“Nearly a third of the states offer no early voting,” the appeals court said. “Adopting plaintiffs’ theory of disenfranchisement would create a ‘one-way ratchet’ that would discourage states from ever increasing early voting opportunities, lest they be prohibited by federal courts from later modifying their election procedures in response to changing circumstances.”
The ruling comes after the state appealed a decision by U.S. District Judge Michael Watson in May. He sided with Democrats on their golden-week claim, finding that the cut violates the Voting Rights Act and voters’ equal protection rights.
Watson had said evidence presented in the case reflected that black voters use same-day voter registration and early voting options at higher rates than whites. While the court can’t predict how African-Americans will turn out in future elections, he said, “It is reasonable to conclude from this evidence that their right to vote will be modestly burdened” by the law.
More than 60,000 people voted during golden week in 2008, while over 80,000 cast ballots during the period in 2012, Watson had noted.
The appeals court reversed Watson’s decision.
The 6th Circuit said that in evaluating the law’s burden, “We find that elimination of Golden Week is a small part of what remains, objectively viewed, a generous early voting schedule.”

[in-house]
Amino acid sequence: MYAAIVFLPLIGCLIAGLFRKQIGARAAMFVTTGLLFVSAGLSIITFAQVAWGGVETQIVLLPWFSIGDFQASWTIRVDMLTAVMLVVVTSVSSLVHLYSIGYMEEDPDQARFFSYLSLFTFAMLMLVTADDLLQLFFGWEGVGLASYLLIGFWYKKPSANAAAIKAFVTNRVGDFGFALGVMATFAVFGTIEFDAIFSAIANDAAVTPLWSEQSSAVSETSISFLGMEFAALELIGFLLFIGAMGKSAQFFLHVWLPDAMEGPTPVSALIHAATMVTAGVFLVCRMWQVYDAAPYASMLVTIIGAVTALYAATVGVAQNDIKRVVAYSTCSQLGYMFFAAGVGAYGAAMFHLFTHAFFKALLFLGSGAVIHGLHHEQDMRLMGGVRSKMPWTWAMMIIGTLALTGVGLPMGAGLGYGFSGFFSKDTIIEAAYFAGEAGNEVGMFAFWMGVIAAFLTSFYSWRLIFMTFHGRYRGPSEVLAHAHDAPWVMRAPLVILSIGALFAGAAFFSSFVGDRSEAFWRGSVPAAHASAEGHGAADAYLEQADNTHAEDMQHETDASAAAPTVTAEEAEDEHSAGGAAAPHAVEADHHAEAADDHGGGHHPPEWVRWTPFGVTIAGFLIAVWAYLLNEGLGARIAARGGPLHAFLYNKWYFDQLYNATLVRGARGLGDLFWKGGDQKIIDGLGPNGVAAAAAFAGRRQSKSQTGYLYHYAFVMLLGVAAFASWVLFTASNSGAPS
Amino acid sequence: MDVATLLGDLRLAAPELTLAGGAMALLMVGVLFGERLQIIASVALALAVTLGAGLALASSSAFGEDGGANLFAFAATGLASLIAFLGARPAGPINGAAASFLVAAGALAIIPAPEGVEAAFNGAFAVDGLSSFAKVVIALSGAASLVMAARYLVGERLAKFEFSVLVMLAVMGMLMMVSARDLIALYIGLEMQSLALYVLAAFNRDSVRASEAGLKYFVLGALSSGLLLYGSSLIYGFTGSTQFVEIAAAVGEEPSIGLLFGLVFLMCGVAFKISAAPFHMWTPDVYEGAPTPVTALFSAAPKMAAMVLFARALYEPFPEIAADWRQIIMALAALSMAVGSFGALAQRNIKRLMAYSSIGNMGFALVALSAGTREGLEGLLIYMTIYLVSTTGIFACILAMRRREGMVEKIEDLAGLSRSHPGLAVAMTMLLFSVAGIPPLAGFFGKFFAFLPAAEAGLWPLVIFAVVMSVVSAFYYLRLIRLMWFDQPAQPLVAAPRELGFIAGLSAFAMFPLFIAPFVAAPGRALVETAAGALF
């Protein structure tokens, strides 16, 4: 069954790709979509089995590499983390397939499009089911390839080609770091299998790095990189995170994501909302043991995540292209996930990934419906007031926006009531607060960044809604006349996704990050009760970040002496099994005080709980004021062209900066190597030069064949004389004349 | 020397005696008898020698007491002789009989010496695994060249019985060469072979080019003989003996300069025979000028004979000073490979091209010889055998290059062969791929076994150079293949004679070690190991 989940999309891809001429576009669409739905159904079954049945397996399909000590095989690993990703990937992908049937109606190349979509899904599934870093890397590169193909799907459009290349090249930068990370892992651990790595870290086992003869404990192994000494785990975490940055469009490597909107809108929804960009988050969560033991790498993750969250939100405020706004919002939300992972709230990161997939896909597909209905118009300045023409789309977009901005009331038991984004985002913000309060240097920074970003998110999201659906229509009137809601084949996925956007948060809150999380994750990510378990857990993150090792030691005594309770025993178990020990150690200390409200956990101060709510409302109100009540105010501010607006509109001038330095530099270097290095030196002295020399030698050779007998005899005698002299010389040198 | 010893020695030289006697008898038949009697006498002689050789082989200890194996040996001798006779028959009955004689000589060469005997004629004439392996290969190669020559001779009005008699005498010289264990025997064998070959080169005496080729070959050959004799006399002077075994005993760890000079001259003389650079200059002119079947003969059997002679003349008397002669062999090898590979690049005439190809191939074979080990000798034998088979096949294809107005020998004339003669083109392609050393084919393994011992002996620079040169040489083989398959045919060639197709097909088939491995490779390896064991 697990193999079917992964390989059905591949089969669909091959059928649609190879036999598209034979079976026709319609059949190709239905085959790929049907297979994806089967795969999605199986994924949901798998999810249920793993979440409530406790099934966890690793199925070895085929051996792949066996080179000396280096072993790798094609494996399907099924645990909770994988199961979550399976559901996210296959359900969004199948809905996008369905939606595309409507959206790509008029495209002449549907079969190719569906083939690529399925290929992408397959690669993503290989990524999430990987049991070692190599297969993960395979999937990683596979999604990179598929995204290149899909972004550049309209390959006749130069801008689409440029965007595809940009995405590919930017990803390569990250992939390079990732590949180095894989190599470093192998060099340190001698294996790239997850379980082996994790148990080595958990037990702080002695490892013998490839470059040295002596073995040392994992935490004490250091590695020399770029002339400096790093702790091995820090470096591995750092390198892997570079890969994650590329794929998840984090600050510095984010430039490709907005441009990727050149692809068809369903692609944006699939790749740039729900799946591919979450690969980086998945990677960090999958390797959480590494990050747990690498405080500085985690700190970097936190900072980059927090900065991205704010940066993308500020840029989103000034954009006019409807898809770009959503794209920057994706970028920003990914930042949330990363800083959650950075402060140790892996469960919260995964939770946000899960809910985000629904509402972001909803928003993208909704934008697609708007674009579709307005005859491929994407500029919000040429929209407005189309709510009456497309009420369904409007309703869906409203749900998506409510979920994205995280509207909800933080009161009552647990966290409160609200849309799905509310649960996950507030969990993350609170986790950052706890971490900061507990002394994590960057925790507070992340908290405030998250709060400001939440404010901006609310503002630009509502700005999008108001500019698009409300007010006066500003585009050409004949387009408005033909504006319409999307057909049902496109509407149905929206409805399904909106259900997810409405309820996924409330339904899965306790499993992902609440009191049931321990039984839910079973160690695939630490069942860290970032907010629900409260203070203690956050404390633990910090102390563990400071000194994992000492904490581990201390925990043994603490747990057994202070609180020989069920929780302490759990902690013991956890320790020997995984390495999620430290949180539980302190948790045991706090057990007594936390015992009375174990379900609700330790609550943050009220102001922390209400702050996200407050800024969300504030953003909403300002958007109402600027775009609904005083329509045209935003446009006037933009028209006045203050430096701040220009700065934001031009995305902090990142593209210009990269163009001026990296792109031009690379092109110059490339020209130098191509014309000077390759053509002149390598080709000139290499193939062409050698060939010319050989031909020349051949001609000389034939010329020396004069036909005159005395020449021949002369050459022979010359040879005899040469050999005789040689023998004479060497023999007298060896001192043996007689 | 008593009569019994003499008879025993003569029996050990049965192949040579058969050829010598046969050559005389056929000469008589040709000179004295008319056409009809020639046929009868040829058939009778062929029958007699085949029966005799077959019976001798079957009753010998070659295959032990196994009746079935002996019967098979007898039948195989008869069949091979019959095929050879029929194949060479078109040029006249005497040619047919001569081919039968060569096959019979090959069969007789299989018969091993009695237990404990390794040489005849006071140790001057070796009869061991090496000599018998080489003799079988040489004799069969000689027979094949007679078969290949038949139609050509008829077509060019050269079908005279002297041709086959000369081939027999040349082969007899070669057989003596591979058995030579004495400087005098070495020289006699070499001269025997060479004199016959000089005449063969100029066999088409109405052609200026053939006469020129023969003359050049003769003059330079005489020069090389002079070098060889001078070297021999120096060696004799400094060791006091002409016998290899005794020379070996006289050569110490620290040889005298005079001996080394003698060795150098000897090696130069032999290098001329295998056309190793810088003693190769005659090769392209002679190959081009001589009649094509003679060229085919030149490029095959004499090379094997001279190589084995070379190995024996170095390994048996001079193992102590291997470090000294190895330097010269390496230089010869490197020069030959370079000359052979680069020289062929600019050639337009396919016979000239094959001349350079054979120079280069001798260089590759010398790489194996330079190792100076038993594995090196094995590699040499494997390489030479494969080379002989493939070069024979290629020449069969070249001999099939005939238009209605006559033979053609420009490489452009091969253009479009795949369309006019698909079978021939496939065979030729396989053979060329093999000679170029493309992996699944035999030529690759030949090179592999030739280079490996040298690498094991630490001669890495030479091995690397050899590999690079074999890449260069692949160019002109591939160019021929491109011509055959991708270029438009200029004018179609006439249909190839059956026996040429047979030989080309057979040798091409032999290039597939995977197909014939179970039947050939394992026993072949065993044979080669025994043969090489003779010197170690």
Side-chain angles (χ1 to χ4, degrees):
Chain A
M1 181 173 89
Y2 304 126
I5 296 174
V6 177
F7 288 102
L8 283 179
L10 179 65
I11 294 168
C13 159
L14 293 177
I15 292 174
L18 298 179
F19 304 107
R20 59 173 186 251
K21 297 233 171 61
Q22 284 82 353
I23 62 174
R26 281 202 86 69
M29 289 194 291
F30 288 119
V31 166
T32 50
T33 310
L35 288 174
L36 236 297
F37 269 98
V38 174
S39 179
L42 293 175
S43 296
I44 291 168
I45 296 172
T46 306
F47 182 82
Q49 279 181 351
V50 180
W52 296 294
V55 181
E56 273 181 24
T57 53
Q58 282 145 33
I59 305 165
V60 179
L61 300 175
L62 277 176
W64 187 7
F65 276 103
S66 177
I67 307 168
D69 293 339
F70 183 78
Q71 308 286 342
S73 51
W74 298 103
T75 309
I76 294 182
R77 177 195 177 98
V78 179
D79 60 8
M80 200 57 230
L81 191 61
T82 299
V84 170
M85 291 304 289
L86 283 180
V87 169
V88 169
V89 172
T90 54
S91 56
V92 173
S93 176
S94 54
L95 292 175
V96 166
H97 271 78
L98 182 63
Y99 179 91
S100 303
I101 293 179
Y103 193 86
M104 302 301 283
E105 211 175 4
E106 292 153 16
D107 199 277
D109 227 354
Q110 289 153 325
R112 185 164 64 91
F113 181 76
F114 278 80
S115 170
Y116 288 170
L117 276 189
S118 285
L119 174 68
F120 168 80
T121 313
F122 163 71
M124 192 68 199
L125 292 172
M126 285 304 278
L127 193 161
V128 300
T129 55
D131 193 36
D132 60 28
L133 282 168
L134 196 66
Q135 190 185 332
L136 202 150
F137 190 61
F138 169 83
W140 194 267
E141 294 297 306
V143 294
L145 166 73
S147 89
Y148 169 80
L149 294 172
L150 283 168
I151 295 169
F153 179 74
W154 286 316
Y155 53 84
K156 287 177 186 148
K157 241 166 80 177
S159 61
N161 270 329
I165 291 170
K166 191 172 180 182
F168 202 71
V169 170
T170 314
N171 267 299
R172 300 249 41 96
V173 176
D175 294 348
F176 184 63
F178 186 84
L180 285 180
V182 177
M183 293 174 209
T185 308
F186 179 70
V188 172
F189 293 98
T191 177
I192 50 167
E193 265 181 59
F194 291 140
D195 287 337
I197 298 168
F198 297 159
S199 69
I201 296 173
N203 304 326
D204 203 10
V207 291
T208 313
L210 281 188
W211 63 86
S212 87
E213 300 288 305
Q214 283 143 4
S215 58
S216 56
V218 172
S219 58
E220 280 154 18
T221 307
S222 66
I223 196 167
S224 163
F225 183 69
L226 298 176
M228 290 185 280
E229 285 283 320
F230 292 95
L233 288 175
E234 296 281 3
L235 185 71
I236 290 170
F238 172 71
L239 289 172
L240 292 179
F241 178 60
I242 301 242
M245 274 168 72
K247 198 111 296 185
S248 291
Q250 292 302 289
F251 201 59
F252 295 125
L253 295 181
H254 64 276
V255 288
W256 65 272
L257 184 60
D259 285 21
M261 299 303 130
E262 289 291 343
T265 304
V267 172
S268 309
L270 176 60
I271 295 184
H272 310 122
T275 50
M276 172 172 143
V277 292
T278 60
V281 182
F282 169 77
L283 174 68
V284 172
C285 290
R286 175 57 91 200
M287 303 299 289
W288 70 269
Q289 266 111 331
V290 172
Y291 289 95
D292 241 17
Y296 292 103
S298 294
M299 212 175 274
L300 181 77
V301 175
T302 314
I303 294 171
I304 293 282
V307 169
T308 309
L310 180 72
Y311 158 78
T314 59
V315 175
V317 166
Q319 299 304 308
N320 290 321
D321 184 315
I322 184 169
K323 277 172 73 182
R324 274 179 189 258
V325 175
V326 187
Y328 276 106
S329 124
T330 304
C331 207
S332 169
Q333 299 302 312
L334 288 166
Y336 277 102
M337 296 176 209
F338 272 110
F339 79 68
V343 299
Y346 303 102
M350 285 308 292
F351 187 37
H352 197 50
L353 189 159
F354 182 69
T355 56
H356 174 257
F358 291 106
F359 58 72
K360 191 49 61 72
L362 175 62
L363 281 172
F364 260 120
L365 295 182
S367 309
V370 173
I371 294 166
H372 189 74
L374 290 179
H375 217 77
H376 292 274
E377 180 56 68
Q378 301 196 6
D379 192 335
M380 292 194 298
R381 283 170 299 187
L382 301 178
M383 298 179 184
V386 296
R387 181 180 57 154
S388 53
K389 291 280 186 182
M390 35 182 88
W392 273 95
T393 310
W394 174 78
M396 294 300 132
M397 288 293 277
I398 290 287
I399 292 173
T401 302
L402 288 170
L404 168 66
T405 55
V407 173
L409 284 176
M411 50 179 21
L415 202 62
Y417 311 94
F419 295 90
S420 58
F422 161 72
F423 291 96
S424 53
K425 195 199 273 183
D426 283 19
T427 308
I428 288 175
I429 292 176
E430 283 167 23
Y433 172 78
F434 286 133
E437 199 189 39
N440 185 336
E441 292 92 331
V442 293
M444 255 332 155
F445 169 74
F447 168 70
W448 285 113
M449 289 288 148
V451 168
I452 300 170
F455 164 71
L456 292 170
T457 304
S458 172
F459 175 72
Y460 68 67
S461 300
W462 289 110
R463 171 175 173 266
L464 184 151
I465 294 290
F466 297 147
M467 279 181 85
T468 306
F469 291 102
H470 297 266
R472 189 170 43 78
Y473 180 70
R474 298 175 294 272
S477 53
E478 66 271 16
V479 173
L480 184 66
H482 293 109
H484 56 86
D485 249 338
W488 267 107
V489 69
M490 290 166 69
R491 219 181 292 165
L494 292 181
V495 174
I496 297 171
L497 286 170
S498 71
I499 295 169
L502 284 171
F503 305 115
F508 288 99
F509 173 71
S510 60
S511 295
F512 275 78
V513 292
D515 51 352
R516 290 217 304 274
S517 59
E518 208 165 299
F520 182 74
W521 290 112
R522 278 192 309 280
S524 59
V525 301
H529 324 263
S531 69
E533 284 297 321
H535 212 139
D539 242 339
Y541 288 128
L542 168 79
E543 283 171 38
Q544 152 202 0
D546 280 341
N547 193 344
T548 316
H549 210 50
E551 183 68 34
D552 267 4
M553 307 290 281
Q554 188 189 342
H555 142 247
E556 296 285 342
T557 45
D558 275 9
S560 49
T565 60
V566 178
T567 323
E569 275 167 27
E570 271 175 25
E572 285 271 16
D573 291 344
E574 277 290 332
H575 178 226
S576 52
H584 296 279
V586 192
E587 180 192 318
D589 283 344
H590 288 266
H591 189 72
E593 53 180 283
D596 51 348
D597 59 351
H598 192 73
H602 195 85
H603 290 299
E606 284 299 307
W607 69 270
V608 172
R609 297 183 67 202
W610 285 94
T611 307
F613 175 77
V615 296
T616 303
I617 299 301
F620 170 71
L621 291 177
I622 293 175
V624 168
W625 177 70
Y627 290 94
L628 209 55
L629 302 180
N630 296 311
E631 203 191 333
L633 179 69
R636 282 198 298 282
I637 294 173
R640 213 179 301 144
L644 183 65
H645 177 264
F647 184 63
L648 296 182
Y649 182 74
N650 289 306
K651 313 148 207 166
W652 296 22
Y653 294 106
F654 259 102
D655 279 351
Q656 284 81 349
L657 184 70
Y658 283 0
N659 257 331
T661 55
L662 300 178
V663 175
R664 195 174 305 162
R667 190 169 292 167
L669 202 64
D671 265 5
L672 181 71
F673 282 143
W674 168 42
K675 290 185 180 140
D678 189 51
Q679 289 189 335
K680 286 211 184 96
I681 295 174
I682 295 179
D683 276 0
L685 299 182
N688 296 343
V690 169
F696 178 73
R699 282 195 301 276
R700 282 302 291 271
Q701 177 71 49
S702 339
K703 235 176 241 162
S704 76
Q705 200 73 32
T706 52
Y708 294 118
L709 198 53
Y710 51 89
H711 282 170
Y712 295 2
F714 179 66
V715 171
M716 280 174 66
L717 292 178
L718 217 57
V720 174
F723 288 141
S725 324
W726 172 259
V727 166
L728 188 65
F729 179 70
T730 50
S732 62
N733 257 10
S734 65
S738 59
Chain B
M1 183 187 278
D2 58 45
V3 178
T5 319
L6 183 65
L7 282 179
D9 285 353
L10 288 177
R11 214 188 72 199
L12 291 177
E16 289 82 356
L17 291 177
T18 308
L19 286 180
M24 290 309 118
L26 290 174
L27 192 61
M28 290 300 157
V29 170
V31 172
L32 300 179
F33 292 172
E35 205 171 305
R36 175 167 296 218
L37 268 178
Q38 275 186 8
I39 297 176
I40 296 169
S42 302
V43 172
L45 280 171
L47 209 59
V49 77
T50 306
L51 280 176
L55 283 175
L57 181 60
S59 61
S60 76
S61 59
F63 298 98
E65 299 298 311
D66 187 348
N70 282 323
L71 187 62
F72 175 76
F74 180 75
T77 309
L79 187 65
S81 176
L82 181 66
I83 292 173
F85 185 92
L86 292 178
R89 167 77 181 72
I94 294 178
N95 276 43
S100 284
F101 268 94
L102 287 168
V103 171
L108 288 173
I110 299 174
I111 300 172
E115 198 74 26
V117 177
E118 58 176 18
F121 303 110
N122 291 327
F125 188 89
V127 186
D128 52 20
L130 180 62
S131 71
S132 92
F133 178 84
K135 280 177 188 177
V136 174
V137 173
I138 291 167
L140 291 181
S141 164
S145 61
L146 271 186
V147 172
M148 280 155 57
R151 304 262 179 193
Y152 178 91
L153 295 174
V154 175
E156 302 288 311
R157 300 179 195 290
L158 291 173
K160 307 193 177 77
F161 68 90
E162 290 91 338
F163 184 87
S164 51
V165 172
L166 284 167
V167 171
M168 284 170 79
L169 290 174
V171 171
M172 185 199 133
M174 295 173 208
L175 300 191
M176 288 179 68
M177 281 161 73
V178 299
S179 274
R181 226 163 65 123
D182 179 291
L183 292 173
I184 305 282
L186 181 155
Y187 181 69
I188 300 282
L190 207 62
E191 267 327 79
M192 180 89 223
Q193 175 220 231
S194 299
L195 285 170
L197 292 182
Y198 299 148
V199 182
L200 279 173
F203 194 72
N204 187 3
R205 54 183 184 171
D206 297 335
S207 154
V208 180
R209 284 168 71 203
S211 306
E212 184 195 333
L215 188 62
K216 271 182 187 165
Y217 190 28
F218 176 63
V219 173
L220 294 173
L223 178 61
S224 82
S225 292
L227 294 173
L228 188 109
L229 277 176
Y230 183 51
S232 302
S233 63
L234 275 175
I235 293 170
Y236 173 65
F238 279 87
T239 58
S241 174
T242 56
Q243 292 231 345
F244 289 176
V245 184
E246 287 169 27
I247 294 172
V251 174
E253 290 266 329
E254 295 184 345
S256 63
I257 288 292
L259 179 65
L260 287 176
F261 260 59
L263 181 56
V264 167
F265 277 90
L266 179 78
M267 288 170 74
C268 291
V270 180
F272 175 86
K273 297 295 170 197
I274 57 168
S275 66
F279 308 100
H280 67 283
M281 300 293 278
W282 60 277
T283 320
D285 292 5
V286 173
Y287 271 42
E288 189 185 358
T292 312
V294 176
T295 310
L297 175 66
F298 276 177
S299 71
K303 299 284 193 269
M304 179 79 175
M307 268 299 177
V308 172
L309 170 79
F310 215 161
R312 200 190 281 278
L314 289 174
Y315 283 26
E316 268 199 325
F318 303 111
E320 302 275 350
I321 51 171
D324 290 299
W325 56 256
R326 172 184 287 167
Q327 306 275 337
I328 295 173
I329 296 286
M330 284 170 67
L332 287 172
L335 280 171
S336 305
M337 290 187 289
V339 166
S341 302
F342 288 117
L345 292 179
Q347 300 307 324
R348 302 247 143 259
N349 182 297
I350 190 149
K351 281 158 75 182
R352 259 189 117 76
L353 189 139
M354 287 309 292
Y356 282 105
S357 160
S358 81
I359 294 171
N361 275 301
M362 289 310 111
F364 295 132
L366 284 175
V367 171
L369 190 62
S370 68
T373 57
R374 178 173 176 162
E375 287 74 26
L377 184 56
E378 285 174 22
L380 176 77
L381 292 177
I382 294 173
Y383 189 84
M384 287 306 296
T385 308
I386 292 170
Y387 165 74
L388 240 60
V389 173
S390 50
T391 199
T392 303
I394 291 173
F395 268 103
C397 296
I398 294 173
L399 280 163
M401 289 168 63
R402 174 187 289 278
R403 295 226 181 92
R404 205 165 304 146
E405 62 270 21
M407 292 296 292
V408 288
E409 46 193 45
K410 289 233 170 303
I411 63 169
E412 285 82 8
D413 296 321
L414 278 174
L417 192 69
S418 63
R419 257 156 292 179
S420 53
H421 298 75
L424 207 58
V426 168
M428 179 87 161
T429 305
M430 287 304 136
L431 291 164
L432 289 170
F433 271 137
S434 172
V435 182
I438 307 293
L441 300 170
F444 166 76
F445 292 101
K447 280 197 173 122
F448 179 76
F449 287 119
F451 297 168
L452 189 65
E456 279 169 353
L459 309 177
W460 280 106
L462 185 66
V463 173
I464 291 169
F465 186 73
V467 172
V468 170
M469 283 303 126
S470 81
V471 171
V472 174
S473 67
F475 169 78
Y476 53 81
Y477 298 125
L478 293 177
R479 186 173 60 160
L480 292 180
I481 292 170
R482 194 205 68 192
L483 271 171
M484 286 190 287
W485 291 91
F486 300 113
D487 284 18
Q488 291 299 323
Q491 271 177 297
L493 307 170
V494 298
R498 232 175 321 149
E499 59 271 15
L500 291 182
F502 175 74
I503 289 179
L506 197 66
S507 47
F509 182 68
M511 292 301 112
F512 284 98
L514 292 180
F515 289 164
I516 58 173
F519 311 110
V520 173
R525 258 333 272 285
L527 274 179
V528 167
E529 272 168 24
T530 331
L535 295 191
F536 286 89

Judge David McKeague wrote the opinion, joined by Judge Richard Allen Griffin. Both were appointed by Republican President George W. Bush.
Judge Jane Branstetter Stranch disagreed. She was appointed by Democratic President Barack Obama.
“The charge that this appeal_and apparently many others_intrude upon the right of the states to run their own election process is both unfounded and antiquated,” Stranch wrote in her dissent.
In a statement, Republican Secretary of State Jon Husted welcomed the decision and called on Democrats to “end their wasteful lawsuits so we can all move forward with this election.”
The Democrats didn’t have an immediate comment. Their options include asking the appeals court to reconsider or appealing to the U.S. Supreme Court